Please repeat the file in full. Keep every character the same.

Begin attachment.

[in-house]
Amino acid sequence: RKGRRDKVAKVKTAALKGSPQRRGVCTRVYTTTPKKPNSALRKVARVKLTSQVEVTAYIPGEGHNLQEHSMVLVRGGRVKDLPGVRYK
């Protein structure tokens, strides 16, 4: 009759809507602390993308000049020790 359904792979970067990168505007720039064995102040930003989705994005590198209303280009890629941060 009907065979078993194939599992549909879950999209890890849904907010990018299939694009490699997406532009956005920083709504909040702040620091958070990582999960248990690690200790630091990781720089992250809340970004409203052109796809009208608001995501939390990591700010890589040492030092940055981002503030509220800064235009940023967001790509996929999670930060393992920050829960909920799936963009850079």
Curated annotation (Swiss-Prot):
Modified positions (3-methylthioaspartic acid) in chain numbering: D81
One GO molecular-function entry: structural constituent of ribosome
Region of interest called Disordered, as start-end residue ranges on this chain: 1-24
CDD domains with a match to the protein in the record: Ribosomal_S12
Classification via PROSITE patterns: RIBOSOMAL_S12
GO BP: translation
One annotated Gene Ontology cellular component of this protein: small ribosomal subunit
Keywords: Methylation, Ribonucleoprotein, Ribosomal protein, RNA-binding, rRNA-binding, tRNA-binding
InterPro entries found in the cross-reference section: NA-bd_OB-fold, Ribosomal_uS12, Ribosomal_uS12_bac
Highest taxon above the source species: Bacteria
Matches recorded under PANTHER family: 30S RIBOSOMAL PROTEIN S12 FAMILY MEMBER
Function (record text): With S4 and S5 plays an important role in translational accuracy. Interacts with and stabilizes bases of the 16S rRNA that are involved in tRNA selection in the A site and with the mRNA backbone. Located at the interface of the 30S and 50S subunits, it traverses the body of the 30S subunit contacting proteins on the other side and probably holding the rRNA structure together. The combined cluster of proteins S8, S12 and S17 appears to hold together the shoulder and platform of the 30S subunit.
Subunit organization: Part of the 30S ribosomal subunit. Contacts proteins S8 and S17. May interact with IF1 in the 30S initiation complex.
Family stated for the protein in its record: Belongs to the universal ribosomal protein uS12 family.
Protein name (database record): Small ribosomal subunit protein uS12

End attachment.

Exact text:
[in-house]
Amino acid sequence: RKGRRDKVAKVKTAALKGSPQRRGVCTRVYTTTPKKPNSALRKVARVKLTSQVEVTAYIPGEGHNLQEHSMVLVRGGRVKDLPGVRYK
């Protein structure tokens, strides 16, 4: 009759809507602390993308000049020790 359904792979970067990168505007720039064995102040930003989705994005590198209303280009890629941060 009907065979078993194939599992549909879950999209890890849904907010990018299939694009490699997406532009956005920083709504909040702040620091958070990582999960248990690690200790630091990781720089992250809340970004409203052109796809009208608001995501939390990591700010890589040492030092940055981002503030509220800064235009940023967001790509996929999670930060393992920050829960909920799936963009850079």
Curated annotation (Swiss-Prot):
Modified positions (3-methylthioaspartic acid) in chain numbering: D81
One GO molecular-function entry: structural constituent of ribosome
Region of interest called Disordered, as start-end residue ranges on this chain: 1-24
CDD domains with a match to the protein in the record: Ribosomal_S12
Classification via PROSITE patterns: RIBOSOMAL_S12
GO BP: translation
One annotated Gene Ontology cellular component of this protein: small ribosomal subunit
Keywords: Methylation, Ribonucleoprotein, Ribosomal protein, RNA-binding, rRNA-binding, tRNA-binding
InterPro entries found in the cross-reference section: NA-bd_OB-fold, Ribosomal_uS12, Ribosomal_uS12_bac
Highest taxon above the source species: Bacteria
Matches recorded under PANTHER family: 30S RIBOSOMAL PROTEIN S12 FAMILY MEMBER
Function (record text): With S4 and S5 plays an important role in translational accuracy. Interacts with and stabilizes bases of the 16S rRNA that are involved in tRNA selection in the A site and with the mRNA backbone. Located at the interface of the 30S and 50S subunits, it traverses the body of the 30S subunit contacting proteins on the other side and probably holding the rRNA structure together. The combined cluster of proteins S8, S12 and S17 appears to hold together the shoulder and platform of the 30S subunit.
Subunit organization: Part of the 30S ribosomal subunit. Contacts proteins S8 and S17. May interact with IF1 in the 30S initiation complex.
Family stated for the protein in its record: Belongs to the universal ribosomal protein uS12 family.
Protein name (database record): Small ribosomal subunit protein uS12